Simulation Study on Heat Extraction Efficiency and CO2 Recovery Rate for CO2-EGS in Hydrothermal Reservoirs



Key Words:

CO2-EGS, CO2 recovery rate, numerical simulation, heat extraction efficiency


Stanford Geothermal Workshop




Enhanced Geothermal Systems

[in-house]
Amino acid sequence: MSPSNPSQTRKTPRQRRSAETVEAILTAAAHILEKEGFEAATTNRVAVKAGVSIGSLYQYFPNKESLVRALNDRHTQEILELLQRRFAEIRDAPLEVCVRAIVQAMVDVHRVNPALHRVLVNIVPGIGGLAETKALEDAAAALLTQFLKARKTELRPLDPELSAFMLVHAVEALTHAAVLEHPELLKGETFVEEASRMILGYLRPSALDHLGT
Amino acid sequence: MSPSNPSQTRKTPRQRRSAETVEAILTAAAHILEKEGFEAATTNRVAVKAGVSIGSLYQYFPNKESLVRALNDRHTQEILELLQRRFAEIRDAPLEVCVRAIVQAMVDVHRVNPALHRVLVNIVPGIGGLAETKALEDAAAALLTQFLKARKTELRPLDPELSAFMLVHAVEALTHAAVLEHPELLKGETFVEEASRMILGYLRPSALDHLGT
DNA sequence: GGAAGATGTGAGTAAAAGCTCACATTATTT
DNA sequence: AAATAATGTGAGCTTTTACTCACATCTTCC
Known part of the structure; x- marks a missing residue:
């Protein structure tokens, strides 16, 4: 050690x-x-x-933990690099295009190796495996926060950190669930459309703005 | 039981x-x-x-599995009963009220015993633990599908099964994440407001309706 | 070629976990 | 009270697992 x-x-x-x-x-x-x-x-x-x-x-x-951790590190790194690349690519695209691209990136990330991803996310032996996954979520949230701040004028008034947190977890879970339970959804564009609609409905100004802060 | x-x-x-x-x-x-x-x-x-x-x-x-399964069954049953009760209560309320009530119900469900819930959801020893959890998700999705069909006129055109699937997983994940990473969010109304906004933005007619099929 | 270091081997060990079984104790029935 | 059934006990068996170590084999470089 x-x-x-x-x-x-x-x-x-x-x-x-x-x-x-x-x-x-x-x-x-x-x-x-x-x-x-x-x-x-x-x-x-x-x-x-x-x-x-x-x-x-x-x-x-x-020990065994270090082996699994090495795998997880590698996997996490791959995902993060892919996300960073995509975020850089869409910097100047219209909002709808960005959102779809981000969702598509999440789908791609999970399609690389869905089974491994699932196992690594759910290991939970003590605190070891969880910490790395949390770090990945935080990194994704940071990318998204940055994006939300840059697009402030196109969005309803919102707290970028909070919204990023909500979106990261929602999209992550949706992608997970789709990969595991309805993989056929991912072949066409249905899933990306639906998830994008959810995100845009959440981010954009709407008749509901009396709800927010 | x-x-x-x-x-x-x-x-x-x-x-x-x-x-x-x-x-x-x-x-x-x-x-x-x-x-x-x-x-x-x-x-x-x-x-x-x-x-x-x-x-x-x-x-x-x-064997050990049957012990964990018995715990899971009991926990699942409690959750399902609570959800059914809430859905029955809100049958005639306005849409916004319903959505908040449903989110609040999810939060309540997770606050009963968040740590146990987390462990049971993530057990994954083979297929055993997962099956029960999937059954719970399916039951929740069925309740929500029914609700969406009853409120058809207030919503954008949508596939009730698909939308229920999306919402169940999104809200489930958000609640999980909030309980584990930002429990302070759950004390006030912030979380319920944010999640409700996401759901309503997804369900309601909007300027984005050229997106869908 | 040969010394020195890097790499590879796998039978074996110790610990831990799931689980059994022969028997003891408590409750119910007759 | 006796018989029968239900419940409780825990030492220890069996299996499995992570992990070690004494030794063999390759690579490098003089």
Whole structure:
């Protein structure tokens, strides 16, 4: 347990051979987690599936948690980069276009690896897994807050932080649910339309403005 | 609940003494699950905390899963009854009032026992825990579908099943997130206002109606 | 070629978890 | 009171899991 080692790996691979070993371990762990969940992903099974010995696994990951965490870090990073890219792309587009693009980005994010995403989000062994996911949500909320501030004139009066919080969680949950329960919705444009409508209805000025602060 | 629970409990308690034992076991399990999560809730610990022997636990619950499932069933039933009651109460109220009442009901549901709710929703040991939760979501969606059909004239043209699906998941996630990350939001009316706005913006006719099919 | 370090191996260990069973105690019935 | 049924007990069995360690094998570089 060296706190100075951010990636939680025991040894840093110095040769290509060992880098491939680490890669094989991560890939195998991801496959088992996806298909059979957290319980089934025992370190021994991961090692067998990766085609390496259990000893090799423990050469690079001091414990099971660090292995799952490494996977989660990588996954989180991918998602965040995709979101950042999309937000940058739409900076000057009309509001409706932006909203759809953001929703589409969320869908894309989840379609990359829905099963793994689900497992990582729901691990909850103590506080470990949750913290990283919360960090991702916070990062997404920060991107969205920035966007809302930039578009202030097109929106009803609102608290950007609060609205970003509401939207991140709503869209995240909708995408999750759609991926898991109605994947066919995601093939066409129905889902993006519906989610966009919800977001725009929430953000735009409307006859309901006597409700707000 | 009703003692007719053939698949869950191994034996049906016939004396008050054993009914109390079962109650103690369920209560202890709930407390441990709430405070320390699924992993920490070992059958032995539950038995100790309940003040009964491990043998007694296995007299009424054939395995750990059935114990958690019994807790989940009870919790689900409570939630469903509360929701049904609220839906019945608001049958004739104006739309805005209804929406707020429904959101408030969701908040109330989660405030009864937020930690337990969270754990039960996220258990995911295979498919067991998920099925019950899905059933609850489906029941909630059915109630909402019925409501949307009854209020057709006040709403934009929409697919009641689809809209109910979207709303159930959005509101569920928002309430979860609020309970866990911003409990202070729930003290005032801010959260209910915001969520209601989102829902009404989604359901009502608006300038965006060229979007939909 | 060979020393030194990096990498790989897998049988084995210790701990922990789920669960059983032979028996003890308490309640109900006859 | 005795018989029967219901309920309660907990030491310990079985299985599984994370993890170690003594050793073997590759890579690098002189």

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As a new geothermal power generation, a novel enhanced geothermal system (EGS) concept that uses CO2 instead of water as heat transfer fluid has been proposed. Its advantages may include more heat extraction efficiency than water and storage of unrecovered CO2 in underground geological formations. In Japan it is likely that most geothermal reservoirs are filled with water because of high precipitation weather conditions and derived water from ocean plate. Therefore, when CO2 geothermal power generation is implemented, it is expected in many cases that CO2 is injected into geothermal reservoirs where water (hot water) exists (i.e. hydrothermal reservoir). So, it is important to design with consideration of water-CO2 two phase flow condition in a hydrothermal reservoir. One of the problems to be solved for EGS is to produce as much injected fluid as possible from geothermal reservoirs. In a field test of a water-based EGS targeted on a granitic rock mass in Ogachi, Japan, it was reported that the water recovery rate at the production well was as low as about 20 to 25%. With implementation of CO2 geothermal power generation in Japan in mind, this study focused on the heat extract efficiency and recovery rate of injected fluid when using CO2 as heat transfer fluid for a hydrothermal reservoir through numerical simulations. As a result, it was found that compared with the case when using water as heat transfer fluid, it is important to make CO2 breakthrough as early as possible to ensure a higher heat production from an early stage of production. The higher the reservoir temperature, the earlier breakthrough occurs due to the larger volume expansion of CO2 in the reservoir. In addition, it was indicated that the recovery rate of CO2 at a production well increases to around 50% after CO2 breakthrough, due to the relative permeability effects in the two-phase flow of CO2 and water in hydrothermal reservoirs.

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